Reefs at Risk
Steneck at maine.maine.edu
Sat Jun 27 13:52:13 EDT 1998
I've been interested to learn the results of the 1995 Keyswide Coral
Reef Expedition. Your results spawned some questions that perhaps you
1. How can patterns of decline be determined from a single survey? Do
you have a way of estimating the rate of coral mortality?
2. Since percent cover of coral varies for many reasons (including
morphogenetic reasons) how do you sort out reefs that always have had low
cover from those that have declined to that level recently?
3. Are you surprised at the low acroporid abundance at 20 m? Most
geologists who find Acropora palmata in their cores assume they grew
between 10 m and the surface. In St. Croix in 1973 we had about a 12 m
depth max for that species. Are you sure it's absence at 20 m now
demonstrates "the powerful effects of region-wide disturbances such as
disease?" (Don't get me wrong, I believe Acroporids have succumbed to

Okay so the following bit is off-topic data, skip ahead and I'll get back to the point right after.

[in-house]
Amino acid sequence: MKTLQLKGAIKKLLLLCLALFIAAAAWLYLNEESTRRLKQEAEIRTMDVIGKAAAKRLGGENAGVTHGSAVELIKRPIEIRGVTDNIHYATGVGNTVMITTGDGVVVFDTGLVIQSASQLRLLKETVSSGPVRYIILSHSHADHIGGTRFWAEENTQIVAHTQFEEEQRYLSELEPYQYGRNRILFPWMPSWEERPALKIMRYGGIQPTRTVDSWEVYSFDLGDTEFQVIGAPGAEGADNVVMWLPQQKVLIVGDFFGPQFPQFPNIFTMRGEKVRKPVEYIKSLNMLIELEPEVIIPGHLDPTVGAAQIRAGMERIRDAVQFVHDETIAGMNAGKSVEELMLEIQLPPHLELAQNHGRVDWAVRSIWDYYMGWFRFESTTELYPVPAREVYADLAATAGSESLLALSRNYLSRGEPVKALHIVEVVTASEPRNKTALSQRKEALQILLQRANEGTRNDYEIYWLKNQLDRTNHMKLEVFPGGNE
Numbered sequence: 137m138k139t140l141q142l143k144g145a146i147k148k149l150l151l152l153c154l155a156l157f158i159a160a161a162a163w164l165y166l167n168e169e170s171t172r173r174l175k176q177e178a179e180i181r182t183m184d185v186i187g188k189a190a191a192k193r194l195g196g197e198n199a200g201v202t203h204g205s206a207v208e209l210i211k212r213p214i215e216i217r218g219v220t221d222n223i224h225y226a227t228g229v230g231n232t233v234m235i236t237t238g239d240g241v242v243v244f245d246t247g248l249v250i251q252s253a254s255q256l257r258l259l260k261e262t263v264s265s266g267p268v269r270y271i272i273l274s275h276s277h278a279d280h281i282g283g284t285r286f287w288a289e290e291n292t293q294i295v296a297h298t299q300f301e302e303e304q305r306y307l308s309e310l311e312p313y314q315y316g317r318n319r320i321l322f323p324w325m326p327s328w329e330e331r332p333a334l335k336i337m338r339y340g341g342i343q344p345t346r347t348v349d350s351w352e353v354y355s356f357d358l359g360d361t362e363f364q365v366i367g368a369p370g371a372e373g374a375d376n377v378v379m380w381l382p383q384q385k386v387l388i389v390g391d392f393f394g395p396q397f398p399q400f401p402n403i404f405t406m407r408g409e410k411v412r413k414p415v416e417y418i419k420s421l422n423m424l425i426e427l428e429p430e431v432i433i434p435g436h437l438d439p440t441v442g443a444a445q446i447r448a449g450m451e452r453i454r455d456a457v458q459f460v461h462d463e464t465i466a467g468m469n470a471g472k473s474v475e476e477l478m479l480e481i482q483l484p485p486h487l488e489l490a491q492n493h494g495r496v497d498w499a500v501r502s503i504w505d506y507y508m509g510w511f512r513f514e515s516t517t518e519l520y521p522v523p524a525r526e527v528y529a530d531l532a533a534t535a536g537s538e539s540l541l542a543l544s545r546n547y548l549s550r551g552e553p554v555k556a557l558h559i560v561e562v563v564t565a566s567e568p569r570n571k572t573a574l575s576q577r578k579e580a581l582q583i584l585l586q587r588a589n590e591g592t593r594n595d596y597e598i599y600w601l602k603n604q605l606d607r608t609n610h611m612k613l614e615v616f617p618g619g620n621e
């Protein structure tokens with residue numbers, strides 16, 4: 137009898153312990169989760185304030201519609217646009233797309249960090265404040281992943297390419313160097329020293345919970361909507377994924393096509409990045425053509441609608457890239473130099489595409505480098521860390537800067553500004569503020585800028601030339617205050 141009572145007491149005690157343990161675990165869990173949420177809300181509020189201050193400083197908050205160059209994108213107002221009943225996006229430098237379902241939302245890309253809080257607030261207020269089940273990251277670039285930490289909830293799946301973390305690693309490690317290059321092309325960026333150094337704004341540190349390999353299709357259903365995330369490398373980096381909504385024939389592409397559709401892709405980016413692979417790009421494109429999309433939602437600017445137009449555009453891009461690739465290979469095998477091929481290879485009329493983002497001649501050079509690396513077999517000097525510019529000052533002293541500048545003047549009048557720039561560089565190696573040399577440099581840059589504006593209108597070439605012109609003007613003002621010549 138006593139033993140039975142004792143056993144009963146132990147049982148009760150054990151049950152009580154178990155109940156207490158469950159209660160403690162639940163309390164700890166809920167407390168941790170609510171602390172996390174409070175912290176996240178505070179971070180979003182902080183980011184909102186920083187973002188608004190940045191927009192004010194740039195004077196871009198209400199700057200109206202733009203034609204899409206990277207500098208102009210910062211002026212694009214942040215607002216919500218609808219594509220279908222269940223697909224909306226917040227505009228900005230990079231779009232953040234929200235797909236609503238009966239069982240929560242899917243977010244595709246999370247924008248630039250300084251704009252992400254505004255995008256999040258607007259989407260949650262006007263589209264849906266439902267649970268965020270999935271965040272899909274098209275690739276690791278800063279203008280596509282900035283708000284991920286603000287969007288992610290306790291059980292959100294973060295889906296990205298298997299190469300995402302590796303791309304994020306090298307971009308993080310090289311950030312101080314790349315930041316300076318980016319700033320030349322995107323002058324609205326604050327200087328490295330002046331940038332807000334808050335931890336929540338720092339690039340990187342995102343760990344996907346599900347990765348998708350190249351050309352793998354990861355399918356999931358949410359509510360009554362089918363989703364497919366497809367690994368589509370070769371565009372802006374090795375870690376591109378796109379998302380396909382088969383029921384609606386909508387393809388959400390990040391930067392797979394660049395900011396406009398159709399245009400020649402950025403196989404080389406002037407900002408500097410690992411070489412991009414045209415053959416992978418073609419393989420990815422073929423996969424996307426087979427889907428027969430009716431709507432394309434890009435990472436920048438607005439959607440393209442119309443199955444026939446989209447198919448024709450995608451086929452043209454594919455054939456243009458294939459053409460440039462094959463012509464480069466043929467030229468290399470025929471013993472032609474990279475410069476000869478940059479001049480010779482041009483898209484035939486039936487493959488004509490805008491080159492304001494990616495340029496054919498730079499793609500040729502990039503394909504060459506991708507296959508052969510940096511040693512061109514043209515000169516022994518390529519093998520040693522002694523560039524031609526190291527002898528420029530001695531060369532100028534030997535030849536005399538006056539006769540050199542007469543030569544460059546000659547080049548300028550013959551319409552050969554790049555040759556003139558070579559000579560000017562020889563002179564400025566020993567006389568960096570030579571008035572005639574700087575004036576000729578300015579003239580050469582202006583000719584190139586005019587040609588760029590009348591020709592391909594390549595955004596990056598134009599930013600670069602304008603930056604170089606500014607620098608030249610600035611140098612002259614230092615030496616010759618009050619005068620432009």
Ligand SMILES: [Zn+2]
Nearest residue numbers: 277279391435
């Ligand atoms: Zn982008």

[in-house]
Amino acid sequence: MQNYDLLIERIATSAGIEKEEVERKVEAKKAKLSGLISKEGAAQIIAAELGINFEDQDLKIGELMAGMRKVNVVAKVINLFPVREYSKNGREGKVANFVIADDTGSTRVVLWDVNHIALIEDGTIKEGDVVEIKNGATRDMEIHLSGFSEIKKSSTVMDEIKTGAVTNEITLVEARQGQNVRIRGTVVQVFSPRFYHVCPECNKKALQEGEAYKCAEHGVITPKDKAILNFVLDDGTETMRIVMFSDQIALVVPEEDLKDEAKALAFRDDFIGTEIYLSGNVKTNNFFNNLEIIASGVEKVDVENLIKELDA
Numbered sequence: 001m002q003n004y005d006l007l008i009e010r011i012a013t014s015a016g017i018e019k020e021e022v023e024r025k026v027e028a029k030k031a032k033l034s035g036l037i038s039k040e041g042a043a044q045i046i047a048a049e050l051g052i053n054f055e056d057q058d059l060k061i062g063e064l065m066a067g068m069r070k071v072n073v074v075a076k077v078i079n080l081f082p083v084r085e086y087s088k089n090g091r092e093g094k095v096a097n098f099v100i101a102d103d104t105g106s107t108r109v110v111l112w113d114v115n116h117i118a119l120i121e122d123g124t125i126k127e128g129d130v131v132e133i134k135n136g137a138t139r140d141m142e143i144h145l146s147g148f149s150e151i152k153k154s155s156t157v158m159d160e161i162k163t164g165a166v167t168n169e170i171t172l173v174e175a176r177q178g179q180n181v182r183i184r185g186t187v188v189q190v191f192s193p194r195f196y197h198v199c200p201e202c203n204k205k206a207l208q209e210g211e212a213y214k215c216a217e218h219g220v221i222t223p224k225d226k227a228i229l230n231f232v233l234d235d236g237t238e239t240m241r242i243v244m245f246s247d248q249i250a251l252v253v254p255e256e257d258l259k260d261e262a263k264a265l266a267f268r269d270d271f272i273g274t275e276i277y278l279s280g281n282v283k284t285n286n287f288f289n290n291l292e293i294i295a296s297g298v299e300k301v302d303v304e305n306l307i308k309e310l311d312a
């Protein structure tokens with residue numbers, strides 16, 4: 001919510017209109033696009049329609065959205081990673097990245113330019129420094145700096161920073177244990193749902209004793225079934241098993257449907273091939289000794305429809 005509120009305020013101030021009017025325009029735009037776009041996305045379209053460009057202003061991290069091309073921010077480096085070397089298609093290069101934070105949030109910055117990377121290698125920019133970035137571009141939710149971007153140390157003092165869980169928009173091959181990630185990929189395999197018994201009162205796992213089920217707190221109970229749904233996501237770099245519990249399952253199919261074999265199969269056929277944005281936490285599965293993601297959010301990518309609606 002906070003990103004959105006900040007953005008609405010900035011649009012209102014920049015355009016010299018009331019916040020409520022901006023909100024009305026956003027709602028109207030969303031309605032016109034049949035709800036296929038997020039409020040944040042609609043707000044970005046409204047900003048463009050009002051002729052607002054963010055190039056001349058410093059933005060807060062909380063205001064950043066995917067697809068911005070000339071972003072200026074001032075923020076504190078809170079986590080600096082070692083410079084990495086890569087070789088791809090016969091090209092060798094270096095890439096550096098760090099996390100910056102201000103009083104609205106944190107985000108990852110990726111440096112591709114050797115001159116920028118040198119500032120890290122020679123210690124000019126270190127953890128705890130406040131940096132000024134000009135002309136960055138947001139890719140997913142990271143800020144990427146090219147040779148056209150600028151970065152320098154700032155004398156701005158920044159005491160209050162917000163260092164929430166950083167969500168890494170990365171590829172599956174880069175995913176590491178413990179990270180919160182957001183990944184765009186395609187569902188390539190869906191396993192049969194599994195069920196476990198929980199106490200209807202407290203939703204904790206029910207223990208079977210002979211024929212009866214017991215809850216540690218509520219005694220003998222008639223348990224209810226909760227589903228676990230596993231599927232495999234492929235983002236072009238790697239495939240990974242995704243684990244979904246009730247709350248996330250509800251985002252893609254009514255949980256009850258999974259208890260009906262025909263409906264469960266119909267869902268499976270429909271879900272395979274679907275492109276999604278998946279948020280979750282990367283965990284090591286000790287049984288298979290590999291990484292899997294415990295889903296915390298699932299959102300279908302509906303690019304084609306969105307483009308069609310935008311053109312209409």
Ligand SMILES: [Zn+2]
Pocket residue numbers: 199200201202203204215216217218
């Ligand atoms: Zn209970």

disease throughout the region)
4. Perhaps I don't understand your figure but wouldn't that pattern
develop if massive spawners are the dominant corals at depths of 20 m.
If that's so, wouldn't a similar figure be generated on just about every
reef in the Caribbean? Excuse me if I misunderstood what you meant.
Robert S. Steneck
Professor, School of Marine Sciences
University of Maine
Darling Marine Center
Walpole, ME 04573
207 - 563 - 3146
e-mail: Steneck at Maine.Maine.EDU
The School of Marine Sciences Web site:
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